Sort of a twinned tweet thing, as two views of the world of active transportation bounce around in my ever-dimming mind. Be aware, the first item is a big rigorous scientific study — so there’s little material there for cheap shots. For that, you need to look at the second item.
First, the results of a major study on transportation mode and its effect on population health. The results around bike riding are startling in their magnitude. And cast a brighter light on Bike to Work Week, a Vancouver institution, and just what it means. Plus a response from Kay Teschke, prominent UBC professor in the field of population health.
Second, a noisy attempt to reverse, delete, remove and expunge Vancouver’s bike lanes (Burrard Bridge especially), since according to the proponent, usage is low and, you know, cars cars cars.
Here We Go
To get a better understanding of what the UK could be missing, we looked at 263,450 people with an average age of 53 who were either in paid employment or self-employed, and didn’t always work at home. . . .
We followed people for around five years, counting the incidences of heart disease, cancers and death. Importantly, we adjusted for other health influences including sex, age, deprivation, ethnicity, smoking, body mass index, other types of physical activity, time spent sitting down and diet. Any potential differences in risk associated with road accidents is also accounted for in our analysis, while we excluded participants who had heart disease or cancer already.
We found that cycling to work was associated with a 41% lower risk of dying overall compared to commuting by car or public transport. Cycle commuters had a 52% lower risk of dying from heart disease and a 40% lower risk of dying from cancer. They also had 46% lower risk of developing heart disease and a 45% lower risk of developing cancer at all. . . . . [Emphasis by Ed.]
Some countries are well ahead of the UK in encouraging cyclists. In Copenhagen and Amsterdam, for instance, people cycle because it is the easiest way to get around town.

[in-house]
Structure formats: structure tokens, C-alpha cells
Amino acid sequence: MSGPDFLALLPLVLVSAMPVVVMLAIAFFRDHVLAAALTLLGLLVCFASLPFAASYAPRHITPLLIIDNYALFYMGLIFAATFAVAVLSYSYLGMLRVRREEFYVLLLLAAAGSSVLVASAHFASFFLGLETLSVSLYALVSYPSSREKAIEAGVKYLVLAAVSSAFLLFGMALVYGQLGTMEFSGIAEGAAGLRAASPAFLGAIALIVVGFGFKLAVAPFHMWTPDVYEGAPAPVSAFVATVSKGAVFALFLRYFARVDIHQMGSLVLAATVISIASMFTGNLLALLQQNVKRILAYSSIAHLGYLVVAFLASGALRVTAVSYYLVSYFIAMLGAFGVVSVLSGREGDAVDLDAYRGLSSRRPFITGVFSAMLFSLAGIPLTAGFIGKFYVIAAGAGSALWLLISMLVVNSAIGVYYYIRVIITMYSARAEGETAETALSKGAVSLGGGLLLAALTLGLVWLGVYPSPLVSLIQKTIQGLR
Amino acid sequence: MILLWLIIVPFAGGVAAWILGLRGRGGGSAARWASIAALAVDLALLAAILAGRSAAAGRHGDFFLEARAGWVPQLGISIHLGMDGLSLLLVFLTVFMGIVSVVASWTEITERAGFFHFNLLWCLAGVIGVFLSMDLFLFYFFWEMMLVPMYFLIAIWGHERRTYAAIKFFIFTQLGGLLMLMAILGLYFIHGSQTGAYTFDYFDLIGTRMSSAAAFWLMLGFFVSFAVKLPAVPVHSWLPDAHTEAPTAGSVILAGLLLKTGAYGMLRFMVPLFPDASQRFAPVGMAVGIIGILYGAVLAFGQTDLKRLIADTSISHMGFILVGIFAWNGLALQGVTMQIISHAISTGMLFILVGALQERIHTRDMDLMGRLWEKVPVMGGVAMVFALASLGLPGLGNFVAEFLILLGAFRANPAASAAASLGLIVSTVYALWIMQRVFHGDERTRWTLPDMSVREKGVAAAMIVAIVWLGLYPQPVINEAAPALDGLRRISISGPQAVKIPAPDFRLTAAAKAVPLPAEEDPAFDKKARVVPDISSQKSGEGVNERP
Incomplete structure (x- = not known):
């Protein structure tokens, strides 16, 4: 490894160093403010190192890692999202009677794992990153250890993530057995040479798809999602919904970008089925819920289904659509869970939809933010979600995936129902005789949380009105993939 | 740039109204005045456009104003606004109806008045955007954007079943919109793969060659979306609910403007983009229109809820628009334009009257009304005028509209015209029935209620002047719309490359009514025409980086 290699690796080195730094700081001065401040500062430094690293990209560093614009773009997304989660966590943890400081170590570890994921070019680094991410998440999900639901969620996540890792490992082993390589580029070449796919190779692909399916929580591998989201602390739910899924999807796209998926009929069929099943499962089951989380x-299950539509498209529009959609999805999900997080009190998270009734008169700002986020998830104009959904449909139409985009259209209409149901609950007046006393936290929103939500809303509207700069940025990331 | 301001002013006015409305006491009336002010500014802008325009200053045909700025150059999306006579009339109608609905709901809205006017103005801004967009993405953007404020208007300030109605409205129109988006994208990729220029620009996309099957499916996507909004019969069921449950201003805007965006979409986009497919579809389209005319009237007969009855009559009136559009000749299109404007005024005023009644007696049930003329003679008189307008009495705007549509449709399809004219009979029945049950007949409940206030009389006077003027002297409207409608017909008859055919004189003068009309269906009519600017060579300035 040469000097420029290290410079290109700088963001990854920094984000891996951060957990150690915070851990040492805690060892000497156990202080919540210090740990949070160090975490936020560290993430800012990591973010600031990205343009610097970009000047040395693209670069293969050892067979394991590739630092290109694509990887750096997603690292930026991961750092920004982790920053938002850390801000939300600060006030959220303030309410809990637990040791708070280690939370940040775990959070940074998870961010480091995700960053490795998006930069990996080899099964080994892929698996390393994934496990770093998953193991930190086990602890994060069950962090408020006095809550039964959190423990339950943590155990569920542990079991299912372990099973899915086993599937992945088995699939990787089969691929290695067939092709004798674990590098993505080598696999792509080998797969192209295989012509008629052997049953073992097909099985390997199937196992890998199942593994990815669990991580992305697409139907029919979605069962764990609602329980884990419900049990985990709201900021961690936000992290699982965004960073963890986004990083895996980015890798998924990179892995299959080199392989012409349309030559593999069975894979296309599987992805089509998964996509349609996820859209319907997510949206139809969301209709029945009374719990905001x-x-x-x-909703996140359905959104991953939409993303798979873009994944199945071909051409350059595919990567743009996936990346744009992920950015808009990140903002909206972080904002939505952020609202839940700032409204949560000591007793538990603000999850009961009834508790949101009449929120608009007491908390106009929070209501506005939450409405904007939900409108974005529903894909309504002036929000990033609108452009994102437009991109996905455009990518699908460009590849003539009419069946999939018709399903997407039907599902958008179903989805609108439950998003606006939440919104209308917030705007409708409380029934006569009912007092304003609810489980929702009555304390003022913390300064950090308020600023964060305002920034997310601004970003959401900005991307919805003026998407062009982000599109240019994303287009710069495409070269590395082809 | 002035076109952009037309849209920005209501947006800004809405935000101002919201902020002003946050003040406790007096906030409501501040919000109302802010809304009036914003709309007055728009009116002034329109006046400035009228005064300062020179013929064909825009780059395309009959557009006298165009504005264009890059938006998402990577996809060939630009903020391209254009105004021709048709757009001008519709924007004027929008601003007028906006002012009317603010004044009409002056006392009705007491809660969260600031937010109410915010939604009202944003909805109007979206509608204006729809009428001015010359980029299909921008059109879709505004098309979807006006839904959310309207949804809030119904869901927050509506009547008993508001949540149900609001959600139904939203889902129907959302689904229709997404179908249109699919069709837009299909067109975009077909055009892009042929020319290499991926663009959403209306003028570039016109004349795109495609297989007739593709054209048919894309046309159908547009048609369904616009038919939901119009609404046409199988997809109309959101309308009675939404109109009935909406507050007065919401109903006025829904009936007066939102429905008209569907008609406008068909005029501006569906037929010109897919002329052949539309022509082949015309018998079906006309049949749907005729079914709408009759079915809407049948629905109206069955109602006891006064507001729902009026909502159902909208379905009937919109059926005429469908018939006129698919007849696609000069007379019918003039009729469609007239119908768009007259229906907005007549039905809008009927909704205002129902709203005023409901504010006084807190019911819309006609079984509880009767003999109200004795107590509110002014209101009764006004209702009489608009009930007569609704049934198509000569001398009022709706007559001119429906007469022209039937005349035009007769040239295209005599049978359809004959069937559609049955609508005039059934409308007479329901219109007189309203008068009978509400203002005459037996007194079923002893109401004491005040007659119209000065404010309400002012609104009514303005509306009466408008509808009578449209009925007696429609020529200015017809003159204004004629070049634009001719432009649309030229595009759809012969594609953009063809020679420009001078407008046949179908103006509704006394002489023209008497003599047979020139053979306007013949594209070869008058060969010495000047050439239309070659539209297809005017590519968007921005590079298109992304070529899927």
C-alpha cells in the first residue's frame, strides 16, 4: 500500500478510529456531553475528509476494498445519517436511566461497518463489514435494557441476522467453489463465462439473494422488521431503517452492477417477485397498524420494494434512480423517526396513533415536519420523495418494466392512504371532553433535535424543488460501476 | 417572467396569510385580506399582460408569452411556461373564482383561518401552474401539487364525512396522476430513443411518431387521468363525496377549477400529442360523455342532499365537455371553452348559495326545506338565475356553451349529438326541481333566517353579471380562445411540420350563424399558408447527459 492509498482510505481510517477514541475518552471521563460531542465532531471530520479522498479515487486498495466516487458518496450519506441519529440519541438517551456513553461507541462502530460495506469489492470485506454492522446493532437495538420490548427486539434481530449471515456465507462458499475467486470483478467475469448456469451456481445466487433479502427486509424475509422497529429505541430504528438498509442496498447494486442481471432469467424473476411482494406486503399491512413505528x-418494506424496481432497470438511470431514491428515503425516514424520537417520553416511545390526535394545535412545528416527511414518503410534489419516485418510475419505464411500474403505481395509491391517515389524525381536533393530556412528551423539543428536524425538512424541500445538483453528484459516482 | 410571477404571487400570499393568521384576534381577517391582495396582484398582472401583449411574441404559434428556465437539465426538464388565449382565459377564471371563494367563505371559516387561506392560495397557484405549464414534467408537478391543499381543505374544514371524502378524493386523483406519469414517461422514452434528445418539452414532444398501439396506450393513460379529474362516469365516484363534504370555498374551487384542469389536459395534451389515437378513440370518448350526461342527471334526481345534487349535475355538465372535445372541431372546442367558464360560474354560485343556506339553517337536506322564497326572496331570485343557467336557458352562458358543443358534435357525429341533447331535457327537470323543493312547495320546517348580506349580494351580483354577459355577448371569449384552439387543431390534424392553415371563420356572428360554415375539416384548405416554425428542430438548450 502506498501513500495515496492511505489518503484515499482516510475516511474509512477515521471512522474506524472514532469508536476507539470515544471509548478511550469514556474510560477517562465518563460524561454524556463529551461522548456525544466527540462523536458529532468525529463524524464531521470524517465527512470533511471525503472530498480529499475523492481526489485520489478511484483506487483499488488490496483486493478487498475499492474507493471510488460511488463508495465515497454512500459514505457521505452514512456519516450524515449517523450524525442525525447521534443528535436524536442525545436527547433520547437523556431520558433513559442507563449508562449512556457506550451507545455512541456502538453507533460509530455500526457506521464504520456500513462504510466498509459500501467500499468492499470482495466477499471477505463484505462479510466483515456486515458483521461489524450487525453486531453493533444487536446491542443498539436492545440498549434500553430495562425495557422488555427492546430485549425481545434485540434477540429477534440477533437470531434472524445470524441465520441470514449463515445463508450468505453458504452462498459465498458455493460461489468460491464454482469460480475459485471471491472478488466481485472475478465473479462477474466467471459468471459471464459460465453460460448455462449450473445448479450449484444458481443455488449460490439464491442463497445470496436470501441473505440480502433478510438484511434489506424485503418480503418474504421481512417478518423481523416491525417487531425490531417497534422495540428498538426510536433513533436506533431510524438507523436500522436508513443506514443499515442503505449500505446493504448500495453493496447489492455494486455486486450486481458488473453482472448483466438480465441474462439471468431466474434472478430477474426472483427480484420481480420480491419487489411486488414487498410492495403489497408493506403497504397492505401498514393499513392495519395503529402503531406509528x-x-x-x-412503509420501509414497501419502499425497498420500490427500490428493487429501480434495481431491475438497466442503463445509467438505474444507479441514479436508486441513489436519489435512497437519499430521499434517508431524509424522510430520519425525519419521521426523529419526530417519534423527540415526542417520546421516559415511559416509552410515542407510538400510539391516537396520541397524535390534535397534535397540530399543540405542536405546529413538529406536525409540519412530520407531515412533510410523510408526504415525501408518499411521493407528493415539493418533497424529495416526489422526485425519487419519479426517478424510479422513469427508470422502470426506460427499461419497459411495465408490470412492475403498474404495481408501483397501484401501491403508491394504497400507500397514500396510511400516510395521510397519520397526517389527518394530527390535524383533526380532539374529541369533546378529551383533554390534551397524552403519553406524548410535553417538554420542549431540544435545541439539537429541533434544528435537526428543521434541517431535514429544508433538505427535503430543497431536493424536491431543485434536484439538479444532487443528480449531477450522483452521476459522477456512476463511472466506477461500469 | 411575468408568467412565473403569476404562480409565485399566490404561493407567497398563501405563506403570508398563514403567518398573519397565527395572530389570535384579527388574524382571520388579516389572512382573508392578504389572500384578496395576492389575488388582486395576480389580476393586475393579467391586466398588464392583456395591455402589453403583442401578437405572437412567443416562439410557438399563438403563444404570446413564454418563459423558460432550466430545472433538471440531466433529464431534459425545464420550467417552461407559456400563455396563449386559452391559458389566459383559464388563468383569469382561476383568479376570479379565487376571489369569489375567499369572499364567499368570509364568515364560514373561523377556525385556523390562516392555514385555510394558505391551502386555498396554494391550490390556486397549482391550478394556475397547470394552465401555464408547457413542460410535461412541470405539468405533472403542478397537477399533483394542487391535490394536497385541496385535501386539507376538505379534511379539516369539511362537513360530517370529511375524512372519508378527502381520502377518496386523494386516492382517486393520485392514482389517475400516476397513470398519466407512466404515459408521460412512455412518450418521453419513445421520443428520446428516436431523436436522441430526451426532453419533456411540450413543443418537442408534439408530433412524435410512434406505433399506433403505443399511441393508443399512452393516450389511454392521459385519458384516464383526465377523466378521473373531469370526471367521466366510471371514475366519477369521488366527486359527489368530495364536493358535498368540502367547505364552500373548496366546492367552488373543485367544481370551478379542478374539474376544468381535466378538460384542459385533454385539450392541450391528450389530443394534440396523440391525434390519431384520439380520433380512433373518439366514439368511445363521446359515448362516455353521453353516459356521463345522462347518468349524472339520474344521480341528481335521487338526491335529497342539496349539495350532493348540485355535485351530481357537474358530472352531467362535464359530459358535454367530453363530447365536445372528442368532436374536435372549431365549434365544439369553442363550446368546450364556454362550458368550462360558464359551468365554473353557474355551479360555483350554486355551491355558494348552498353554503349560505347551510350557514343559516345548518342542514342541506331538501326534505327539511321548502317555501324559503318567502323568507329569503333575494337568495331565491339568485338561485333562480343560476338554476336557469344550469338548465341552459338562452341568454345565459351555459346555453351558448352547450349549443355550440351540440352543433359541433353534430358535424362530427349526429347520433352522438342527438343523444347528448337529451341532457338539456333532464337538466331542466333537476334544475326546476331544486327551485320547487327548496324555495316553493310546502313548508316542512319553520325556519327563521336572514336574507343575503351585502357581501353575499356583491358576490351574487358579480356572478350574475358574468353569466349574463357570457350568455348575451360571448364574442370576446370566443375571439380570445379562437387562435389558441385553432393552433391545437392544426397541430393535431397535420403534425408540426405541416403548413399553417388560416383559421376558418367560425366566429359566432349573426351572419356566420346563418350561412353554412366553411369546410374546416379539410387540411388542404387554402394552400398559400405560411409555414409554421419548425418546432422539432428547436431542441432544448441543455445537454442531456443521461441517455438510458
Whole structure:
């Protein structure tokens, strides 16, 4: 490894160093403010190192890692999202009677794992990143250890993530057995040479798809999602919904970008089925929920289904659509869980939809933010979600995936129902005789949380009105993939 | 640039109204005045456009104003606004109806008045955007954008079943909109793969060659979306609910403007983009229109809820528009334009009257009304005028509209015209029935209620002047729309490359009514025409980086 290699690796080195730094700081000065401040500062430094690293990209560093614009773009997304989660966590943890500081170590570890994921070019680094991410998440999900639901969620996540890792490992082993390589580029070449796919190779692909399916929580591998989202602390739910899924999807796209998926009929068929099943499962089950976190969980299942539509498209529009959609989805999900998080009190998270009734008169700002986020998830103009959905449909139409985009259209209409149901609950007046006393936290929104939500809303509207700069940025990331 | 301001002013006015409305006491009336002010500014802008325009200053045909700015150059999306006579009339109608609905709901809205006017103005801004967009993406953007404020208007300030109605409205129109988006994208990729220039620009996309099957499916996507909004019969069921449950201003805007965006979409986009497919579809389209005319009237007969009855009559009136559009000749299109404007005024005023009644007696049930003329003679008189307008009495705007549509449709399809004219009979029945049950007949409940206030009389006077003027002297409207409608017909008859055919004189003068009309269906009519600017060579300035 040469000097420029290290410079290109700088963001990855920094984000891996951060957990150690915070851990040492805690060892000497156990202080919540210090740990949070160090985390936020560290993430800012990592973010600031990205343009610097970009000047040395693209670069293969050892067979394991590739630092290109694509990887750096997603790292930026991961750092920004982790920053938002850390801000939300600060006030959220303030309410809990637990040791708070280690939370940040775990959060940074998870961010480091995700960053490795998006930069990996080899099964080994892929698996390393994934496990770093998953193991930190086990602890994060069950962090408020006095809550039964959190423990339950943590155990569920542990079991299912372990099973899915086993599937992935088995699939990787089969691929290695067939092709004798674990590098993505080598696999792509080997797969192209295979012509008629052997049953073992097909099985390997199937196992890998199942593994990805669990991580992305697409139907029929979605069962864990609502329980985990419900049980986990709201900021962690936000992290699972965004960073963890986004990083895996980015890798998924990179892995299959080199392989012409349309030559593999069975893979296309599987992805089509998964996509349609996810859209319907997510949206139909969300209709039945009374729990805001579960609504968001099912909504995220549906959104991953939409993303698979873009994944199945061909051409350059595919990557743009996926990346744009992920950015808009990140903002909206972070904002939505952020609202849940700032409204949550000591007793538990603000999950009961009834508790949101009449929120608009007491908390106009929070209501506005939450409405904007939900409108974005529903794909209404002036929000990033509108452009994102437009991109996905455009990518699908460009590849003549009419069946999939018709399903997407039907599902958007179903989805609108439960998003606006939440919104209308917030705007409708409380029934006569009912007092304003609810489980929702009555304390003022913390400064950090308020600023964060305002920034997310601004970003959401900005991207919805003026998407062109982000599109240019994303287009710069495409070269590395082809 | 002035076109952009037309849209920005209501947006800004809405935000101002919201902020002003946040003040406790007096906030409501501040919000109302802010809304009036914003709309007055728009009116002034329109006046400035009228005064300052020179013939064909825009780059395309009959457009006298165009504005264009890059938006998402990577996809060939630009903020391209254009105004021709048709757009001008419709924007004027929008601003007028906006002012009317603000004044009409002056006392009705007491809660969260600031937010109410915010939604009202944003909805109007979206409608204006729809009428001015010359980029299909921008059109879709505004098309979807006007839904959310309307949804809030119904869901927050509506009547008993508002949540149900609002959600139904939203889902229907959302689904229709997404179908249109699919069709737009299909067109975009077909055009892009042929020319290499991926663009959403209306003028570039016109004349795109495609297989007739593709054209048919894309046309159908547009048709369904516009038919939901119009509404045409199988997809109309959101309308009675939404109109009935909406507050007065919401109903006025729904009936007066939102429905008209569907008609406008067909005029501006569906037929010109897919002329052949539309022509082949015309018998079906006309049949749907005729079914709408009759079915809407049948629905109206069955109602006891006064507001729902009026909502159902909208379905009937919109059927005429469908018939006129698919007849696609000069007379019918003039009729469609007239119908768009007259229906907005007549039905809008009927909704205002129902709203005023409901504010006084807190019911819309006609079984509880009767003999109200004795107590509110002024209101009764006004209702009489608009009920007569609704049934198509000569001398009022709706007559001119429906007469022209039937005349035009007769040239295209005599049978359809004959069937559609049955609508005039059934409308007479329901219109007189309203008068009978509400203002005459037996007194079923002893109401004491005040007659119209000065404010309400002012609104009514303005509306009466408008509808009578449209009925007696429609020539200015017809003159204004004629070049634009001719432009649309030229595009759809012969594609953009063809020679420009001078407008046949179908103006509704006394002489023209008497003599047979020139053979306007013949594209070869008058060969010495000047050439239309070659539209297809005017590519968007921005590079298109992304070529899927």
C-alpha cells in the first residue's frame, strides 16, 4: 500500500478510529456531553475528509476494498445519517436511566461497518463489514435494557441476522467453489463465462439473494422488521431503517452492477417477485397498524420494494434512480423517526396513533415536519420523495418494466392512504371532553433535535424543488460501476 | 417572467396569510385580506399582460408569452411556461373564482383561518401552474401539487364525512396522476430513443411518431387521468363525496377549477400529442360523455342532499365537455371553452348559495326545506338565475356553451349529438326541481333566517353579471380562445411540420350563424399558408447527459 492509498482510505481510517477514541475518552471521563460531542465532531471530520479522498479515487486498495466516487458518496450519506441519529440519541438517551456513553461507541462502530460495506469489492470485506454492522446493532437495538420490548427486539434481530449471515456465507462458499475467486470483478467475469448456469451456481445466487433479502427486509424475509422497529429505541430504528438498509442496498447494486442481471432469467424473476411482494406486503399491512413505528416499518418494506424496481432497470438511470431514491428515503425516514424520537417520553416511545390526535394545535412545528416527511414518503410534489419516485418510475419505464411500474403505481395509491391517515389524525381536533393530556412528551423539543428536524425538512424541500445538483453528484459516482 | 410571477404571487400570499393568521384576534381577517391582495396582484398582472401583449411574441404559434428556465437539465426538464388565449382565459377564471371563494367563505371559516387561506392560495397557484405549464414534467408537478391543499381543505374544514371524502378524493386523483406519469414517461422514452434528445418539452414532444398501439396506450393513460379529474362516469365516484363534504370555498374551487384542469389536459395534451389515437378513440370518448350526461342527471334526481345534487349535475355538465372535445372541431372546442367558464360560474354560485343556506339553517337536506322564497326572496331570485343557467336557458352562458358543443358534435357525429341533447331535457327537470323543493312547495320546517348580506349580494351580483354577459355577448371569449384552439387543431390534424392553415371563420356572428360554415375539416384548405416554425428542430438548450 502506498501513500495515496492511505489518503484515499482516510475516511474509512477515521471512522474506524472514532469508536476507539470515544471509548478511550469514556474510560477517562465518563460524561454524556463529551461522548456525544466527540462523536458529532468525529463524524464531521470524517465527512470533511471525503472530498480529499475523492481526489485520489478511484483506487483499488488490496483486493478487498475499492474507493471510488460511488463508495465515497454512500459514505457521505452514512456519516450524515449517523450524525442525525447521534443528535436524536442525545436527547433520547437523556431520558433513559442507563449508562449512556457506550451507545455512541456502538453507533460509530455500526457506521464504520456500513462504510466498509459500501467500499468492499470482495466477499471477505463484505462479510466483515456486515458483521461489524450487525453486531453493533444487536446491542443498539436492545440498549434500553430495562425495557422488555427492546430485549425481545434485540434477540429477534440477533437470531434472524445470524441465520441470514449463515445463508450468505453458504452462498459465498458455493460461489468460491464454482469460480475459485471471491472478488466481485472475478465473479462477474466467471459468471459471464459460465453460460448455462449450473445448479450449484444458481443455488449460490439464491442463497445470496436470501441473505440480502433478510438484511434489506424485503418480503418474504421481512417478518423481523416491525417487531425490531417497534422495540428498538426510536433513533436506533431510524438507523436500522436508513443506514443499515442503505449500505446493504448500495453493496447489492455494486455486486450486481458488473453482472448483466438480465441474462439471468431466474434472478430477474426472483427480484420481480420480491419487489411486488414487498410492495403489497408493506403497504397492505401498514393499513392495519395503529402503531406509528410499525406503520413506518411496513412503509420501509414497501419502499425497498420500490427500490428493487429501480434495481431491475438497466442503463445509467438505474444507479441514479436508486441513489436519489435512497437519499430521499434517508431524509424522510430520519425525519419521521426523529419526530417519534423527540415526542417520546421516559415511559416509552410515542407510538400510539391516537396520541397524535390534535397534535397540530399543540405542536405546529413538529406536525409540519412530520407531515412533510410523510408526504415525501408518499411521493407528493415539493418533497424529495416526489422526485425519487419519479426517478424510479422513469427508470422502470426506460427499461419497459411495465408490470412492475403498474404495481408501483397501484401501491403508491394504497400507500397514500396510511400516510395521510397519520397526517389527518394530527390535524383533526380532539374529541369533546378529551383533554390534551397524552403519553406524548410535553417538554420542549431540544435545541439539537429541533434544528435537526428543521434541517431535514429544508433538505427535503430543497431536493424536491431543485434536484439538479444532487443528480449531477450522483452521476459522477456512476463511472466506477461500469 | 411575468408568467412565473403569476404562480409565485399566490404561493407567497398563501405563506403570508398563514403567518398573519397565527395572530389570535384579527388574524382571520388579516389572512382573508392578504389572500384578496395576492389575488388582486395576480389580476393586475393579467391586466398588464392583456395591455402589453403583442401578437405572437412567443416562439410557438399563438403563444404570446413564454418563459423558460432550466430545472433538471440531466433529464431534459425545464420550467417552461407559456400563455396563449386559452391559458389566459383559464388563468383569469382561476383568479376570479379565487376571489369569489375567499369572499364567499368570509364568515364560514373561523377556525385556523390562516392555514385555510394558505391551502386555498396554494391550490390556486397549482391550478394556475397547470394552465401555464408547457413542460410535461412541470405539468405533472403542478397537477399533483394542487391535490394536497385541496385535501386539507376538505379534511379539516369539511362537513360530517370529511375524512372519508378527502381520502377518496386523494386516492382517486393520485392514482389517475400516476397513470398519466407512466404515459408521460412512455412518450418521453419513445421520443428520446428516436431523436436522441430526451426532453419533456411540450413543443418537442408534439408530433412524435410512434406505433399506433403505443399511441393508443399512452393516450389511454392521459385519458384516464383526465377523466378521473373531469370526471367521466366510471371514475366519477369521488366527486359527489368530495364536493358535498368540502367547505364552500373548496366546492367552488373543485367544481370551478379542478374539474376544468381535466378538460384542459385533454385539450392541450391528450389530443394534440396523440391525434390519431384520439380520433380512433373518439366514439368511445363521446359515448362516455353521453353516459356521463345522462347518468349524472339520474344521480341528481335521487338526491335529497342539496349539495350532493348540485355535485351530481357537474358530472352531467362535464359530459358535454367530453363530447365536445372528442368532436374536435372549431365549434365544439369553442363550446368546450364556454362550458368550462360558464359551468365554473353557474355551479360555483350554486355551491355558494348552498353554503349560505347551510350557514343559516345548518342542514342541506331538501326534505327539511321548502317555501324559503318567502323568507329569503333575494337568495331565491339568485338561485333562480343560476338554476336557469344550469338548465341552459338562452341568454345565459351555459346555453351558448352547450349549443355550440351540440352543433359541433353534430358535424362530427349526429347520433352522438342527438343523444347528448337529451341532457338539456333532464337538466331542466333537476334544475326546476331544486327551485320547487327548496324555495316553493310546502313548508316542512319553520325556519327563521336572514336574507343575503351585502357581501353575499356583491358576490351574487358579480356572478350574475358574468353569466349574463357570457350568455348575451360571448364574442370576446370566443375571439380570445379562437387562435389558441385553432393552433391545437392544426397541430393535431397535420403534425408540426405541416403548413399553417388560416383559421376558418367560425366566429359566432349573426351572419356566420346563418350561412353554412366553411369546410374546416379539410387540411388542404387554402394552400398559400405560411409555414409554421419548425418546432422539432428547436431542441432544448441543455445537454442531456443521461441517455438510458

It was not always this way – both cities pursued clear strategies to improve cycle infrastructure first. Ways to achieve this include increasing provision for cycle lanes, city bike hire schemes, subsidised bike purchase schemes, secure cycle parking and more facilities for bicycles on public transport.
For the UK and other countries that have lagged behind, the new findings suggest there is a clear opportunity. If decision makers are bold enough to rise to the challenge, the long-term benefits are potentially transformative.
SECOND: a petition, with accompanying social media chatter, urging the City of Vancouver to tear out the bike lanes on Burrard and Pacific Avenue because they don’t get much use. Figures say otherwise, of course, with the bike counters tallying 157,000 Burrard crossings by bike in June, 2017, and a total of 1,285,000 in 2016.
Bike lanes, asserts the petition’s organizer, are an arbitrary attempt to “… force citizens to give up their cars . . ” . And no referendum either, or consent by the majority of citizens — although I dimly recollect the 2011 civic election, with bike lanes as a prominent issue, and 2014, when bike lanes were visible, if not so prominent. And the results were pretty clear, it seems to me.
But apparently this petition is raised in the name of democracy, and protecting freedom-loving motorists from vile predations ” . . reminiscent of public decisions made in underdeveloped Third World countries and dictatorships.”
No mention, by the way, of any benefits of bike riding — health or otherwise.
Best of luck with the petition, I say. I won’t be signing it.